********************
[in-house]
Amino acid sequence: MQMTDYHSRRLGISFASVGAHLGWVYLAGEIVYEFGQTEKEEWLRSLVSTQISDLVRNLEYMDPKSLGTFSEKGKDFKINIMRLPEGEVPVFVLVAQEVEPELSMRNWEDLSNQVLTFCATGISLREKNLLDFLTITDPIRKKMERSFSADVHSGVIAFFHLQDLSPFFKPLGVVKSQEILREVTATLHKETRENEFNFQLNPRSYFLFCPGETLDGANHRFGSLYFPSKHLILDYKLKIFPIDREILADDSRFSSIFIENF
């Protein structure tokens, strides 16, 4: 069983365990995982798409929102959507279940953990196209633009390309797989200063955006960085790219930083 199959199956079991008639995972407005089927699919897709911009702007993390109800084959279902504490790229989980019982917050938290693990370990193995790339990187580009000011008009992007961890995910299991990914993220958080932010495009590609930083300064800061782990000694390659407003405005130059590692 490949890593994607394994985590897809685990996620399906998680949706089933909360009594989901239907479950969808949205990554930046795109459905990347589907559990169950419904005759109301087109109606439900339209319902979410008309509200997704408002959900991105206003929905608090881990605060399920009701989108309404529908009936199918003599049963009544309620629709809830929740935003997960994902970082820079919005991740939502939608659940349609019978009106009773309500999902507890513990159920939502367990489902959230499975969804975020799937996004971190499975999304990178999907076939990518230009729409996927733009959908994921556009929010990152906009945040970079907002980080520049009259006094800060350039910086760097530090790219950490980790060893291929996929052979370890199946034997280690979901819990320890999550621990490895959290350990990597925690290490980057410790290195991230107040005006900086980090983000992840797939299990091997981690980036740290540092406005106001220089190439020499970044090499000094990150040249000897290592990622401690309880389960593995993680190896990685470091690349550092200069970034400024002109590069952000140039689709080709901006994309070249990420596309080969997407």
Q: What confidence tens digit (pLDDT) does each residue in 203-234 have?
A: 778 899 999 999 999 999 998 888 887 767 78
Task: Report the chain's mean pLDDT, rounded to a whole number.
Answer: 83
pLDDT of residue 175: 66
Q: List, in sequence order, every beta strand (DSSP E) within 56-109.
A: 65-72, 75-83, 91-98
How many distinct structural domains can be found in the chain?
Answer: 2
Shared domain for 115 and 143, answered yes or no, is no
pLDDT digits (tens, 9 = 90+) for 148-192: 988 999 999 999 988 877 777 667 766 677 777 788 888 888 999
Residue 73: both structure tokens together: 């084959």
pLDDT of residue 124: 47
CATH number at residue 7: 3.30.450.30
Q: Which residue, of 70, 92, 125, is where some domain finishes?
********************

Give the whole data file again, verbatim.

[in-house]
Amino acid sequence: MQMTDYHSRRLGISFASVGAHLGWVYLAGEIVYEFGQTEKEEWLRSLVSTQISDLVRNLEYMDPKSLGTFSEKGKDFKINIMRLPEGEVPVFVLVAQEVEPELSMRNWEDLSNQVLTFCATGISLREKNLLDFLTITDPIRKKMERSFSADVHSGVIAFFHLQDLSPFFKPLGVVKSQEILREVTATLHKETRENEFNFQLNPRSYFLFCPGETLDGANHRFGSLYFPSKHLILDYKLKIFPIDREILADDSRFSSIFIENF
């Protein structure tokens, strides 16, 4: 069983365990995982798409929102959507279940953990196209633009390309797989200063955006960085790219930083 199959199956079991008639995972407005089927699919897709911009702007993390109800084959279902504490790229989980019982917050938290693990370990193995790339990187580009000011008009992007961890995910299991990914993220958080932010495009590609930083300064800061782990000694390659407003405005130059590692 490949890593994607394994985590897809685990996620399906998680949706089933909360009594989901239907479950969808949205990554930046795109459905990347589907559990169950419904005759109301087109109606439900339209319902979410008309509200997704408002959900991105206003929905608090881990605060399920009701989108309404529908009936199918003599049963009544309620629709809830929740935003997960994902970082820079919005991740939502939608659940349609019978009106009773309500999902507890513990159920939502367990489902959230499975969804975020799937996004971190499975999304990178999907076939990518230009729409996927733009959908994921556009929010990152906009945040970079907002980080520049009259006094800060350039910086760097530090790219950490980790060893291929996929052979370890199946034997280690979901819990320890999550621990490895959290350990990597925690290490980057410790290195991230107040005006900086980090983000992840797939299990091997981690980036740290540092406005106001220089190439020499970044090499000094990150040249000897290592990622401690309880389960593995993680190896990685470091690349550092200069970034400024002109590069952000140039689709080709901006994309070249990420596309080969997407």
Q: What confidence tens digit (pLDDT) does each residue in 203-234 have?
A: 778 899 999 999 999 999 998 888 887 767 78
Task: Report the chain's mean pLDDT, rounded to a whole number.
Answer: 83
pLDDT of residue 175: 66
Q: List, in sequence order, every beta strand (DSSP E) within 56-109.
A: 65-72, 75-83, 91-98
How many distinct structural domains can be found in the chain?
Answer: 2
Shared domain for 115 and 143, answered yes or no, is no
pLDDT digits (tens, 9 = 90+) for 148-192: 988 999 999 999 988 877 777 667 766 677 777 788 888 888 999
Residue 73: both structure tokens together: 């084959």
pLDDT of residue 124: 47
CATH number at residue 7: 3.30.450.30
Q: Which residue, of 70, 92, 125, is where some domain finishes?